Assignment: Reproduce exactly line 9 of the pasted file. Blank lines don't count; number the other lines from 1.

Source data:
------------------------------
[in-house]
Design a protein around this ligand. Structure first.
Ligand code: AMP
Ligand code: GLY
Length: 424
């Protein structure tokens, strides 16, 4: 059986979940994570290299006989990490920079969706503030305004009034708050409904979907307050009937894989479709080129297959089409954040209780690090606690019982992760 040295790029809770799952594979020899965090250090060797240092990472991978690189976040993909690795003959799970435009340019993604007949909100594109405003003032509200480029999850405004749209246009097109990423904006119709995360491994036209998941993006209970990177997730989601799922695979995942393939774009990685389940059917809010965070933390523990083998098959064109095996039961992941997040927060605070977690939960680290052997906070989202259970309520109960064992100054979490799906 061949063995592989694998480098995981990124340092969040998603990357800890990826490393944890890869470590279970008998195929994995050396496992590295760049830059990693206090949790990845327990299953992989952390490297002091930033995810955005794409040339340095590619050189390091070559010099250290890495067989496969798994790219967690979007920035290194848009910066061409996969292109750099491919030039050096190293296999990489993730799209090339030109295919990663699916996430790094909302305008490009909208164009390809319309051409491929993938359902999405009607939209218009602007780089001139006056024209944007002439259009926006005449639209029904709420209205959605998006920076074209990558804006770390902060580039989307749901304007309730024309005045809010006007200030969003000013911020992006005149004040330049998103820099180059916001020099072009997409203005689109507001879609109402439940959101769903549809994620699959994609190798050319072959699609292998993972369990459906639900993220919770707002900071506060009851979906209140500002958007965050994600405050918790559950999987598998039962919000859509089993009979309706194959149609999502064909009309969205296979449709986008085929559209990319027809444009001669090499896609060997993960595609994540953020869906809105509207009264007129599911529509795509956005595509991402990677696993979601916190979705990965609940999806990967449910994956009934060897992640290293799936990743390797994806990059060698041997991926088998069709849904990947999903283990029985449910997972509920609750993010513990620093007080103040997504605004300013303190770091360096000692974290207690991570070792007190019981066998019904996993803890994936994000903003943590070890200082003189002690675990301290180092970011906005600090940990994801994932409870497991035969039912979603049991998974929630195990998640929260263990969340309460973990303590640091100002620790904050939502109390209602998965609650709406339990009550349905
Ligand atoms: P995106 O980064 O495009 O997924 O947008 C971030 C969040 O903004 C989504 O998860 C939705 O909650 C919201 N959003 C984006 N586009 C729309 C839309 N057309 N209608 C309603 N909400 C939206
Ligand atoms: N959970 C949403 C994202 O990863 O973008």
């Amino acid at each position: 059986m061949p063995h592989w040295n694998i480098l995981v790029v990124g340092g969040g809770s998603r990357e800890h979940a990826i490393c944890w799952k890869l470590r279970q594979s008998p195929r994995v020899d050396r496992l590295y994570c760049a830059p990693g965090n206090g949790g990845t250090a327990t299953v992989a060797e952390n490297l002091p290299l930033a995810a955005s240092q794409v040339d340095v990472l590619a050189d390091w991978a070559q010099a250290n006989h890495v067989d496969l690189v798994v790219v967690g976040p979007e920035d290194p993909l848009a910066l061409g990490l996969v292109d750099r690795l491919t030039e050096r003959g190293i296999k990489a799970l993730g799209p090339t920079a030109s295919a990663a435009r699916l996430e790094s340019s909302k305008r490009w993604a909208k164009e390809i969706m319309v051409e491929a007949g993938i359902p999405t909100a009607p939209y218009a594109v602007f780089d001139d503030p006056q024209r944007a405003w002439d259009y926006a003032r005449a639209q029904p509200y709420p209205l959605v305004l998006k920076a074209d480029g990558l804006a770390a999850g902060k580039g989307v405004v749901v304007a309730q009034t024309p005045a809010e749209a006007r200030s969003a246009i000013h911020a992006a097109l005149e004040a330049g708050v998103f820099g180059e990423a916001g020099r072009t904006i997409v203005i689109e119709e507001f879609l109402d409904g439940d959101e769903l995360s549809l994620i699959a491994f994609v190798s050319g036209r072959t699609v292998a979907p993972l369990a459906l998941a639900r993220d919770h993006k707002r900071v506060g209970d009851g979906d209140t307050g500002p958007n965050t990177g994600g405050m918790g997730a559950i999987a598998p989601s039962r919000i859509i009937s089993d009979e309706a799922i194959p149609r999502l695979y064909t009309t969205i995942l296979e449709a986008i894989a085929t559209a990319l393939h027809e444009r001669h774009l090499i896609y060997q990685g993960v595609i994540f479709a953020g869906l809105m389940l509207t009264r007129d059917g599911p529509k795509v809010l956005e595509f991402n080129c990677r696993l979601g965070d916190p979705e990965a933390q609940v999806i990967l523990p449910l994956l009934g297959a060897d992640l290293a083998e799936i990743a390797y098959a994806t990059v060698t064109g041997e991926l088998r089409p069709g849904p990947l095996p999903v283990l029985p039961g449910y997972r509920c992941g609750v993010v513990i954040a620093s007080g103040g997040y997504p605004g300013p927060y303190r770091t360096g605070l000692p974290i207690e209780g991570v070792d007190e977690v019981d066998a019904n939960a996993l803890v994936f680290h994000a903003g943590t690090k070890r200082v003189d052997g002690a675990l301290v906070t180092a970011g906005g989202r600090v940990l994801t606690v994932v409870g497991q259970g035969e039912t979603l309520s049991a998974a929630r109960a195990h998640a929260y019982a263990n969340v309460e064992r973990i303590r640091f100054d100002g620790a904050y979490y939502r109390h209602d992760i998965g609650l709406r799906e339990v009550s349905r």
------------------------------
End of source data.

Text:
């Amino acid at each position: 059986m061949p063995h592989w040295n694998i480098l995981v790029v990124g340092g969040g809770s998603r990357e800890h979940a990826i490393c944890w799952k890869l470590r279970q594979s008998p195929r994995v020899d050396r496992l590295y994570c760049a830059p990693g965090n206090g949790g990845t250090a327990t299953v992989a060797e952390n490297l002091p290299l930033a995810a955005s240092q794409v040339d340095v990472l590619a050189d390091w991978a070559q010099a250290n006989h890495v067989d496969l690189v798994v790219v967690g976040p979007e920035d290194p993909l848009a910066l061409g990490l996969v292109d750099r690795l491919t030039e050096r003959g190293i296999k990489a799970l993730g799209p090339t920079a030109s295919a990663a435009r699916l996430e790094s340019s909302k305008r490009w993604a909208k164009e390809i969706m319309v051409e491929a007949g993938i359902p999405t909100a009607p939209y218009a594109v602007f780089d001139d503030p006056q024209r944007a405003w002439d259009y926006a003032r005449a639209q029904p509200y709420p209205l959605v305004l998006k920076a074209d480029g990558l804006a770390a999850g902060k580039g989307v405004v749901v304007a309730q009034t024309p005045a809010e749209a006007r200030s969003a246009i000013h911020a992006a097109l005149e004040a330049g708050v998103f820099g180059e990423a916001g020099r072009t904006i997409v203005i689109e119709e507001f879609l109402d409904g439940d959101e769903l995360s549809l994620i699959a491994f994609v190798s050319g036209r072959t699609v292998a979907p993972l369990a459906l998941a639900r993220d919770h993006k707002r900071v506060g209970d009851g979906d209140t307050g500002p958007n965050t990177g994600g405050m918790g997730a559950i999987a598998p989601s039962r919000i859509i009937s089993d009979e309706a799922i194959p149609r999502l695979y064909t009309t969205i995942l296979e449709a986008i894989a085929t559209a990319l393939h027809e444009r001669h774009l090499i896609y060997q990685g993960v595609i994540f479709a953020g869906l809105m389940l509207t009264r007129d059917g599911p529509k795509v809010l956005e595509f991402n080129c990677r696993l979601g965070d916190p979705e990965a933390q609940v999806i990967l523990p449910l994956l009934g297959a060897d992640l290293a083998e799936i990743a390797y098959a994806t990059v060698t064109g041997e991926l088998r089409p069709g849904p990947l095996p999903v283990l029985p039961g449910y997972r509920c992941g609750v993010v513990i954040a620093s007080g103040g997040y997504p605004g300013p927060y303190r770091t360096g605070l000692p974290i207690e209780g991570v070792d007190e977690v019981d066998a019904n939960a996993l803890v994936f680290h994000a903003g943590t690090k070890r200082v003189d052997g002690a675990l301290v906070t180092a970011g906005g989202r600090v940990l994801t606690v994932v409870g497991q259970g035969e039912t979603l309520s049991a998974a929630r109960a195990h998640a929260y019982a263990n969340v309460e064992r973990i303590r640091f100054d100002g620790a904050y979490y939502r109390h209602d992760i998965g609650l709406r799906e339990v009550s349905r």